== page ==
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Catch up on coronavirus stories and special reports, curated by Mike Allen everyday

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Illustration: Eniola Odetunde/Axios

A shock to the job market as massive and as sustained as the coronavirus will leave lasting change — and damage — in its wake.

The big picture: We jumped from the best labor market in 60 years, before the coronavirus, to the worst, in April. As the country comes back, millions of jobs lost during the pandemic will never come back, and there will be massive reallocations of jobs from some parts of the economy to others.

  • "This is the biggest thing since the Great Depression. It's absolutely enormous and incredibly fast," says Nicholas Bloom, an economist at Stanford.

What's happening: Even as states start opening up, new job postings in the U.S. are still down nearly 30% compared with February, according to an analysis by research firm Gartner.

But a closer look at which sectors of the economy are hiring tells us more about how the pandemic might alter the job market.

  • There's been a surge in postings for grocery and delivery workers. Amazon, Walmart and Instacart alone have hired around 700,000 people since the pandemic began.
  • Look for similar surges in cleaning, sanitation and construction in the coming weeks and months, Bloom says. Public spaces will need to hire cleaning crews and construction companies to keep spaces sanitized and add barriers or other distance-enforcing features.
  • We could also see increased hiring in high tech because jobs in that sector can often be done remotely, he says.

There is also data on the sectors that have suffered most and that will have the toughest recoveries.

  • Jobs like Uber driver, flight attendant, server and chef are among those that have seen the steepest hiring slumps.
  • Gartner notes that hiring in some of the hardest-hit areas of the economy — like hospitality and retail — is starting to climb back up. But millions of jobs will be gone for good as many stores and restaurants permanently shutter and people remain nervous about traveling.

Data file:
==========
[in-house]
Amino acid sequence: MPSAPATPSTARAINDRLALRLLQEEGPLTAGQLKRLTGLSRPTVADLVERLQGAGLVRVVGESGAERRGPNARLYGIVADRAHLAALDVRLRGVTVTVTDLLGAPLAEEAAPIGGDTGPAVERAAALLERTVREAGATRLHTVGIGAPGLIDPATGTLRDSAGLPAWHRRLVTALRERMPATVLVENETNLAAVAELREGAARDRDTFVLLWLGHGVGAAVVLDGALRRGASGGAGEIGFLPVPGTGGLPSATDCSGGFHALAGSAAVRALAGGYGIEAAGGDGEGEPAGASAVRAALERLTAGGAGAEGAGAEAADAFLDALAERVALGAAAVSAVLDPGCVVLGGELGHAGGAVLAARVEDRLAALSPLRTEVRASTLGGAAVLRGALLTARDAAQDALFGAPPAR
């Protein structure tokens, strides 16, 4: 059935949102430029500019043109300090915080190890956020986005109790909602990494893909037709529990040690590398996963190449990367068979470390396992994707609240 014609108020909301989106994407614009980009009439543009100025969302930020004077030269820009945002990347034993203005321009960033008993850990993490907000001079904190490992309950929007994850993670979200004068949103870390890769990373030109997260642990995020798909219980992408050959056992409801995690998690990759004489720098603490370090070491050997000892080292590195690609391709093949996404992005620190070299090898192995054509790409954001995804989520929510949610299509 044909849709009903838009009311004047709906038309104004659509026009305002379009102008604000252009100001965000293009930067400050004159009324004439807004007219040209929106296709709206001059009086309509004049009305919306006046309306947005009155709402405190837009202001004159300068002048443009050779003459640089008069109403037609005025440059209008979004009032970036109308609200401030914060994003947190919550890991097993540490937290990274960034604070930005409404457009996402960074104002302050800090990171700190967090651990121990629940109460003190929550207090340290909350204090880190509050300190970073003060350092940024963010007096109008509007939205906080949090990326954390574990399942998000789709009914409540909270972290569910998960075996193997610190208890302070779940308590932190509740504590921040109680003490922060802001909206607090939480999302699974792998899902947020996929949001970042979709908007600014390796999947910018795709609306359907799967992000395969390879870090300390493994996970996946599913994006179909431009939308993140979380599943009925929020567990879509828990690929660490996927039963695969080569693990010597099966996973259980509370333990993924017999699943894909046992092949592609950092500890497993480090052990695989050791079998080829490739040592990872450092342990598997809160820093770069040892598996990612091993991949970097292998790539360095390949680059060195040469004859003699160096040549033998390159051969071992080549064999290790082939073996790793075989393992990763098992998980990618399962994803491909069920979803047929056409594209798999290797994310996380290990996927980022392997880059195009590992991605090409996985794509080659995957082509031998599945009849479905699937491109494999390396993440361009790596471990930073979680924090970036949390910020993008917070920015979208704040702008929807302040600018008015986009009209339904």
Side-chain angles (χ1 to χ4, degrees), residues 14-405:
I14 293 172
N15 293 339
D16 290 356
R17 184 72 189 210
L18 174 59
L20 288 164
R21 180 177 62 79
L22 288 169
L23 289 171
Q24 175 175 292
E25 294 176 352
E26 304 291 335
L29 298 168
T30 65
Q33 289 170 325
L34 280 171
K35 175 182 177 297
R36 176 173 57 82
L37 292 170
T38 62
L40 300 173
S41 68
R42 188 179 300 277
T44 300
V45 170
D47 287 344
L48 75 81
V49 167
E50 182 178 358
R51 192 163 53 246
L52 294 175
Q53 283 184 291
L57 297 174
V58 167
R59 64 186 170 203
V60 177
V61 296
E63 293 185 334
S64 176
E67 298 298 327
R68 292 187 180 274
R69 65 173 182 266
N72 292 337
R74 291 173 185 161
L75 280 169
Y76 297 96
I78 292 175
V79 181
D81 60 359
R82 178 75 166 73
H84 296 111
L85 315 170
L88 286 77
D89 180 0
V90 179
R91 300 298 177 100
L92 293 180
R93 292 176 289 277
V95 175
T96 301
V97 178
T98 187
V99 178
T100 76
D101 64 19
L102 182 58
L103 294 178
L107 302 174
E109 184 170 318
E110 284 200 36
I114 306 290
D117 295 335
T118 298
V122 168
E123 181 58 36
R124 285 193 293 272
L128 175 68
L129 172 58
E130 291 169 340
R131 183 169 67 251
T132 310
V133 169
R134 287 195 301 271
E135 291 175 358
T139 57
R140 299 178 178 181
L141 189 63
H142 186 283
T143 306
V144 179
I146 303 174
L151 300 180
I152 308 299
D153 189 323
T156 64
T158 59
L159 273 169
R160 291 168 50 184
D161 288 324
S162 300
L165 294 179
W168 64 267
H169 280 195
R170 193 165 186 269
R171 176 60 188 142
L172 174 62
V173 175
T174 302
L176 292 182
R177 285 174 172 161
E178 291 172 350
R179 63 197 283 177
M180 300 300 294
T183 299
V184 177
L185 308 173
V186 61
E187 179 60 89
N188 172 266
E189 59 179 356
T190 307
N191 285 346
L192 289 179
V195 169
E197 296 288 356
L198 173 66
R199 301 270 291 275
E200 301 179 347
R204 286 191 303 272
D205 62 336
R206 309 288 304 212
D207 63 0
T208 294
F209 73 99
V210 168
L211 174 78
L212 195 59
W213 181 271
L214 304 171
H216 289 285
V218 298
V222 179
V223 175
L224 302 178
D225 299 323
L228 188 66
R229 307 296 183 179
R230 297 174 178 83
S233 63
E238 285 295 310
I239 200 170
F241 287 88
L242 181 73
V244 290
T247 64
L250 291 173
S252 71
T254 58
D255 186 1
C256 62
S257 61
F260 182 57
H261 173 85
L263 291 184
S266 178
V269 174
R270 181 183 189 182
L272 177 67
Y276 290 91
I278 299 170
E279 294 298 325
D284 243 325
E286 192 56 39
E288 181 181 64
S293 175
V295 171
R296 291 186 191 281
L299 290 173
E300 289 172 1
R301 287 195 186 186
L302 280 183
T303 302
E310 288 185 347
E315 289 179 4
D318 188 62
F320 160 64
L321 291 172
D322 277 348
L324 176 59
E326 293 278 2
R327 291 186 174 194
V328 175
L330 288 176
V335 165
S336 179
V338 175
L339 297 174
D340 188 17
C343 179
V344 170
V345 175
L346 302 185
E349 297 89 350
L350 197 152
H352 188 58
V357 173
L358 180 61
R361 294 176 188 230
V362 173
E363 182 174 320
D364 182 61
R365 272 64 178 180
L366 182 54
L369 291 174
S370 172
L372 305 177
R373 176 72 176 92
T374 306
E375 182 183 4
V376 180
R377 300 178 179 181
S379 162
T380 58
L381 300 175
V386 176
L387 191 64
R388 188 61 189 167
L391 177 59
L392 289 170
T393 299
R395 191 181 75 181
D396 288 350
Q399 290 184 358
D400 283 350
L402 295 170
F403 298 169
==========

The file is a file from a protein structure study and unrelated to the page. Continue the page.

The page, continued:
And there's another longer-term — and seldom discussed — potential impact of the pandemic: So far, much of the pain has hit low-skill and low-wage jobs, but white-collar jobs will also be in jeopardy as the crisis grinds on, Bloom says.

  • Consider this: The bulk of job creation during the pandemic has been in low-wage jobs, like grocery and delivery, while other sectors freeze hiring altogether. If a graphic designer or a middle manager at a software company loses their job now, it'll be very difficult to find a comparable job out there.
  • The deteriorating labor market could also push discouraged, laid-off older workers — who are also at greater risk of becoming seriously ill if they contract the coronavirus — into early retirement.
  • "There will be a number of people for whom this will be the last job they have," says Bloom. "And waves of early retirement are really bad for the U.S. labor market."

Go deeper

Erica Pandey, author of @Work
Oct 13, 2020 - Economy & Business

The winners of the stay-at-home economy

Illustration: Eniola Odetunde/Axios

The coronavirus pandemic has created a stay-at-home economy worth trillions.

The big picture: While the pandemic is killing scores of businesses that depend on office workers, it's also making way for startups and titans alike to conquer a new industry — powering our remote lives.

California governor declares drought emergency in most counties

A sign in April on the outskirts of Buttonwillow in California's Kern County, one of the top agriculture producing counties in the San Joaquin Valley, after historically low winter rainfall. Photo: Frederic J. Brown/AFP via Getty Images

California Gov. Gavin Newsom (D) extended a drought emergency declaration to cover 41 of the state's 58 counties on Monday.

Why it matters: Most of California and the American West are experiencing an "extreme" or "exceptional" drought, per the U.S. Drought Monitor. Newsom and other officials are concerned California could experience a repeat of the catastrophic 2020 wildfire season.

Pelosi's Republican playbook

Illustration: Aïda Amer/Axios

As Republicans fight among themselves, House Speaker Nancy Pelosi (D-Calif.) is showing the myriad ways she deals with the GOP herself.

Between the lines: We've seen Pelosi cut opponents off at the knees, like she did with President Trump, or pretend to forget their names, as she did to Sen. Ron Johnson (R-Wis.). Now she's feeding oppo research against her House counterpart, Minority Leader Kevin McCarthy (R-Calif.), so others can use the same harsh rhetoric to frame the Republicans as the party of dysfunction.

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